I must admit, I'm a little jealous that I'm not the one tucking him in every night. But I know that I have him all to myself almost every day, and I don't begrudge Herb his special daddy time. After all, he is a very special daddy.

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Friday, January 22, 2010

Sunrise, Sunset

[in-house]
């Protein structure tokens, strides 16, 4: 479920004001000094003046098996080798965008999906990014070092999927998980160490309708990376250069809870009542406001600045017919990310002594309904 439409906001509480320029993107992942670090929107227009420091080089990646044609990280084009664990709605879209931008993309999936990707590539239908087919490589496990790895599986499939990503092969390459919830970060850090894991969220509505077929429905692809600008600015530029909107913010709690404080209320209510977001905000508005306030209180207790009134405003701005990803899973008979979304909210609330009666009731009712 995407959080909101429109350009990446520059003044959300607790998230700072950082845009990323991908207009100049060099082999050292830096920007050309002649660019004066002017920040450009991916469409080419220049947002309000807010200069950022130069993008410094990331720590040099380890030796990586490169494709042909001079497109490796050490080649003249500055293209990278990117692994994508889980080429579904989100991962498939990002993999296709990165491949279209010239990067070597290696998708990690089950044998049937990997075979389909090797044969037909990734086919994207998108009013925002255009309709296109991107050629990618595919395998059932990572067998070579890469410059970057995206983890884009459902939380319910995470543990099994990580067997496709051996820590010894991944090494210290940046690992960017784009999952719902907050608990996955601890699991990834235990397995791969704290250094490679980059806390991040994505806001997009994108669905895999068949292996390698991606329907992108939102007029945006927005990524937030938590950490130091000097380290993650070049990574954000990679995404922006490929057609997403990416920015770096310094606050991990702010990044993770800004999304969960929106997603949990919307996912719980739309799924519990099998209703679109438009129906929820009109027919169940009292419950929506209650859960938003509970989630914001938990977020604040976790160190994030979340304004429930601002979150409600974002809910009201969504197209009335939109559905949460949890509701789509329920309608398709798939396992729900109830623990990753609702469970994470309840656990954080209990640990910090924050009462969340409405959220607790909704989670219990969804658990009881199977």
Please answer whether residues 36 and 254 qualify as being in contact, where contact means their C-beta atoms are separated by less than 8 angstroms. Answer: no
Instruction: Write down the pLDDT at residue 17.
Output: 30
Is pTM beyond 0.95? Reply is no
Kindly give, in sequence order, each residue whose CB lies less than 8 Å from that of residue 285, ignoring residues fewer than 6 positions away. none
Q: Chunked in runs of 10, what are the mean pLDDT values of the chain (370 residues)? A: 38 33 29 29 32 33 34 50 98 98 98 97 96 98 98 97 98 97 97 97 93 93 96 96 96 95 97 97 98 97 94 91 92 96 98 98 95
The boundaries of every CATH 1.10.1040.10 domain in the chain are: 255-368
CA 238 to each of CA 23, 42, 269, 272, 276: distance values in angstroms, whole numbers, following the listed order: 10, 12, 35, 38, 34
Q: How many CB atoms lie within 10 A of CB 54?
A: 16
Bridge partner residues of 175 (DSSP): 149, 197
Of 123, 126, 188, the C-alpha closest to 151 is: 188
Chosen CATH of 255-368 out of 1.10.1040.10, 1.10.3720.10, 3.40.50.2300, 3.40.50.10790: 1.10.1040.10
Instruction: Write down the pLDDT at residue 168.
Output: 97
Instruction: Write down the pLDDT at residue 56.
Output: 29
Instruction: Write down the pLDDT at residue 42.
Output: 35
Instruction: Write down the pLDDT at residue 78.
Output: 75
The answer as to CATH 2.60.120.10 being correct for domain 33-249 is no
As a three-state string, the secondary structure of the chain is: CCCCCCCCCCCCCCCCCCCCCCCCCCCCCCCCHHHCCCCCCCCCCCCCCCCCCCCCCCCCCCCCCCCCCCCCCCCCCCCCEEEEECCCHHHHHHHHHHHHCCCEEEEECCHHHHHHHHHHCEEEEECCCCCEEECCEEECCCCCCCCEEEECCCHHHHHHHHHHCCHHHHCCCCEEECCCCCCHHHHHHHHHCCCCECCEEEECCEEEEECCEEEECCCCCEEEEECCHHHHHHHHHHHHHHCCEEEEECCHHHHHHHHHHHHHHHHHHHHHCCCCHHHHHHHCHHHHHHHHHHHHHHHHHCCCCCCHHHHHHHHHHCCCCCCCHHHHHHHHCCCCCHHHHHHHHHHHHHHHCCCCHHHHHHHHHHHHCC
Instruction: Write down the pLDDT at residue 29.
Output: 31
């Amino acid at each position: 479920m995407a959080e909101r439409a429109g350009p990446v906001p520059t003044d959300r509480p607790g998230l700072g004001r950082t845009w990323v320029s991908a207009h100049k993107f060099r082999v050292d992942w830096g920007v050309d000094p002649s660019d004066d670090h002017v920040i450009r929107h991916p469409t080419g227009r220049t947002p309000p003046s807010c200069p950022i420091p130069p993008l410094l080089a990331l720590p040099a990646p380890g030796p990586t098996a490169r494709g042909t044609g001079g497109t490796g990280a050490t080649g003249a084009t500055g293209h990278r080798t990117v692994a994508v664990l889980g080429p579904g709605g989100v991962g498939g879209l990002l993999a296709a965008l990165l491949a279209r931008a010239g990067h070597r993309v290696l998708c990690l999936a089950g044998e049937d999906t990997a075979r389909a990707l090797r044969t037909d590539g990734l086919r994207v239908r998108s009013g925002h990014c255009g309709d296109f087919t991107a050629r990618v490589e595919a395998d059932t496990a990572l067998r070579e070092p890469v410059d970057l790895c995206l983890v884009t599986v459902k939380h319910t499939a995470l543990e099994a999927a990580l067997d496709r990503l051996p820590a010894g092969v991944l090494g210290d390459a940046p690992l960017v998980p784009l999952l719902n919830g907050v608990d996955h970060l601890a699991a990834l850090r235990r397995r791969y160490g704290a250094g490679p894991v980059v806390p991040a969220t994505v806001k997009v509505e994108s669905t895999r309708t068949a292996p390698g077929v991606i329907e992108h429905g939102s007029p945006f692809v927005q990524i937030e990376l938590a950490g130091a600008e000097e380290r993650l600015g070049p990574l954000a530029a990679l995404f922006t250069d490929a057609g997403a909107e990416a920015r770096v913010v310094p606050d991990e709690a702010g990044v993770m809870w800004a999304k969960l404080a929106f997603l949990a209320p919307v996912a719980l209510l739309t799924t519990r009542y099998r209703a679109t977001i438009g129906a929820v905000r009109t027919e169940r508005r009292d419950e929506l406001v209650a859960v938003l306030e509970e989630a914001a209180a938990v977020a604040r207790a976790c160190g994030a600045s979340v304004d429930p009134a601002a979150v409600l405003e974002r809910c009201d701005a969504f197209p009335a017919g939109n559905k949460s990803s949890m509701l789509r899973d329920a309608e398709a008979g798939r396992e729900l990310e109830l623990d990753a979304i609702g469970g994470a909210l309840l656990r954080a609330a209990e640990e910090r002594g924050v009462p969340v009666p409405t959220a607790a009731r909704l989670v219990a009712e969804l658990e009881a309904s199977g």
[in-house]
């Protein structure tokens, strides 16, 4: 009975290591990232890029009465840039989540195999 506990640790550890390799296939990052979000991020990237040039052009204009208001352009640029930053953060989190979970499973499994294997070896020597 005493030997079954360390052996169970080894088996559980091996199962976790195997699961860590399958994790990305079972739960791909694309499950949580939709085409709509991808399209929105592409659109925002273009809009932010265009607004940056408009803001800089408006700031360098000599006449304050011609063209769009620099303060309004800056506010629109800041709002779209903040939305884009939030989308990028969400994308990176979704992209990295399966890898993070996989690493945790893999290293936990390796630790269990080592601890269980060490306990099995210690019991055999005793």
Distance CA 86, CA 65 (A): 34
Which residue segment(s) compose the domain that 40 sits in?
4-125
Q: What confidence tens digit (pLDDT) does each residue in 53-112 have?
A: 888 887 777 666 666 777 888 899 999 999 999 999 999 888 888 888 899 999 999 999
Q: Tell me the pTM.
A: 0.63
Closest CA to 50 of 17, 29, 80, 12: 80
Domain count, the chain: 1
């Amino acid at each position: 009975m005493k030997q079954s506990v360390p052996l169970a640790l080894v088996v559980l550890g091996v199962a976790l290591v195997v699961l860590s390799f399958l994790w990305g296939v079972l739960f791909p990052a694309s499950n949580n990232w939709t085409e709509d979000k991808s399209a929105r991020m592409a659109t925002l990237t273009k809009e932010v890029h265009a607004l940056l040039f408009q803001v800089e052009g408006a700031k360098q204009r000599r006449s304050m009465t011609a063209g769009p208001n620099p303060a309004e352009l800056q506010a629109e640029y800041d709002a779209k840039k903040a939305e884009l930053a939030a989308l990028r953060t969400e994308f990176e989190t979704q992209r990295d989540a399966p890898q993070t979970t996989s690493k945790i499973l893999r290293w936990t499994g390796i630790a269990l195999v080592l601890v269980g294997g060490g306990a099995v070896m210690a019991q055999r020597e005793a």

With its poignant lyrics and haunting melody, the song "Sunrise, Sunset" from the musical "Fiddler on the Roof" is arguably one of the most moving songs ever written. No wonder it's played so often at weddings, usually to accompany the father-daughter or mother-son dance. "When did she get to be a beauty? When did he grow to be this tall? Wasn't it yesterday when they were small?" Time flies by so fast and children grow so quickly from infants to toddlers to youngsters to adults. Some of the wisest parenting advice I've gotten was from my mom, who got it from her mom: "Don't try to rush them into the next stage. Just enjoy each moment as it is."